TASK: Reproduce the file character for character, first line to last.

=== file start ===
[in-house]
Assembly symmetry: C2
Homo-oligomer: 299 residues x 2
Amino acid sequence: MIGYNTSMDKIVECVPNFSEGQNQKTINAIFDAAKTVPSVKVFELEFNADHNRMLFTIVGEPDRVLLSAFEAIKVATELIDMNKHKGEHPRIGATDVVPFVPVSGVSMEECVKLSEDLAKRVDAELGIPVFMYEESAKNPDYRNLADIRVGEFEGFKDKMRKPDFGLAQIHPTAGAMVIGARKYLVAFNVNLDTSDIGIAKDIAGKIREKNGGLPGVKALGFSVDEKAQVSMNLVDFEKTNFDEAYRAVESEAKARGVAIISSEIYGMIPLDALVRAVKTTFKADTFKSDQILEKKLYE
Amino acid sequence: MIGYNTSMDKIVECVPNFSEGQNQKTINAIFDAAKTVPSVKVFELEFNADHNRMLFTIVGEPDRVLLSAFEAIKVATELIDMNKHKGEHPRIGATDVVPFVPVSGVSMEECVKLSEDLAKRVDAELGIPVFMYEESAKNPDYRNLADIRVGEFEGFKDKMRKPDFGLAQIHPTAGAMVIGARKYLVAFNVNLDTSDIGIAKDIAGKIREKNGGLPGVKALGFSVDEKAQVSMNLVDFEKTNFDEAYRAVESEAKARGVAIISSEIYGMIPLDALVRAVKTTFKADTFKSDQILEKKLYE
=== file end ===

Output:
[in-house]
Assembly symmetry: C2
Homo-oligomer: 299 residues x 2
Amino acid sequence: MIGYNTSMDKIVECVPNFSEGQNQKTINAIFDAAKTVPSVKVFELEFNADHNRMLFTIVGEPDRVLLSAFEAIKVATELIDMNKHKGEHPRIGATDVVPFVPVSGVSMEECVKLSEDLAKRVDAELGIPVFMYEESAKNPDYRNLADIRVGEFEGFKDKMRKPDFGLAQIHPTAGAMVIGARKYLVAFNVNLDTSDIGIAKDIAGKIREKNGGLPGVKALGFSVDEKAQVSMNLVDFEKTNFDEAYRAVESEAKARGVAIISSEIYGMIPLDALVRAVKTTFKADTFKSDQILEKKLYE
Amino acid sequence: MIGYNTSMDKIVECVPNFSEGQNQKTINAIFDAAKTVPSVKVFELEFNADHNRMLFTIVGEPDRVLLSAFEAIKVATELIDMNKHKGEHPRIGATDVVPFVPVSGVSMEECVKLSEDLAKRVDAELGIPVFMYEESAKNPDYRNLADIRVGEFEGFKDKMRKPDFGLAQIHPTAGAMVIGARKYLVAFNVNLDTSDIGIAKDIAGKIREKNGGLPGVKALGFSVDEKAQVSMNLVDFEKTNFDEAYRAVESEAKARGVAIISSEIYGMIPLDALVRAVKTTFKADTFKSDQILEKKLYE